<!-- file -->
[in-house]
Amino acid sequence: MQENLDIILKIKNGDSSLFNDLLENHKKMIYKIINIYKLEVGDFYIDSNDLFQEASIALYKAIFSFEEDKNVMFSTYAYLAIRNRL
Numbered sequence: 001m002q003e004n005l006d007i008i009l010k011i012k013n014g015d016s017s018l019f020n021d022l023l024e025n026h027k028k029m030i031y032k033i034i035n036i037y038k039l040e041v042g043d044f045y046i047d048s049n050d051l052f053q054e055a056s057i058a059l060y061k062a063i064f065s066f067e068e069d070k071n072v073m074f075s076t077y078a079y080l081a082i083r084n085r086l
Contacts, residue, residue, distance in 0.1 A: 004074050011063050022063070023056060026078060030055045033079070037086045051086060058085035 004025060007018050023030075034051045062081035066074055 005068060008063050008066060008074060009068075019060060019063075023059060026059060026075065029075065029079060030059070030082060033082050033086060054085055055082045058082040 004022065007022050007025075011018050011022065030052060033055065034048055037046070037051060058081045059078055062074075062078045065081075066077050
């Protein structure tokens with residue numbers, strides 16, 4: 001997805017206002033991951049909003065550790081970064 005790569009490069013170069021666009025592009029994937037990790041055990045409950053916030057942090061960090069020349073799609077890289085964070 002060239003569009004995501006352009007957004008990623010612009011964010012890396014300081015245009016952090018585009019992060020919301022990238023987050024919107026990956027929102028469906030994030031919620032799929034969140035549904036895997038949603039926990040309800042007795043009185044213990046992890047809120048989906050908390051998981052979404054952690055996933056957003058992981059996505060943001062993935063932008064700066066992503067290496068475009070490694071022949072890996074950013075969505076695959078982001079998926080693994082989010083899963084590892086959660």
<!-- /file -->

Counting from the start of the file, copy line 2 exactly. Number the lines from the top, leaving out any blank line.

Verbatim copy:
Amino acid sequence: MQENLDIILKIKNGDSSLFNDLLENHKKMIYKIINIYKLEVGDFYIDSNDLFQEASIALYKAIFSFEEDKNVMFSTYAYLAIRNRL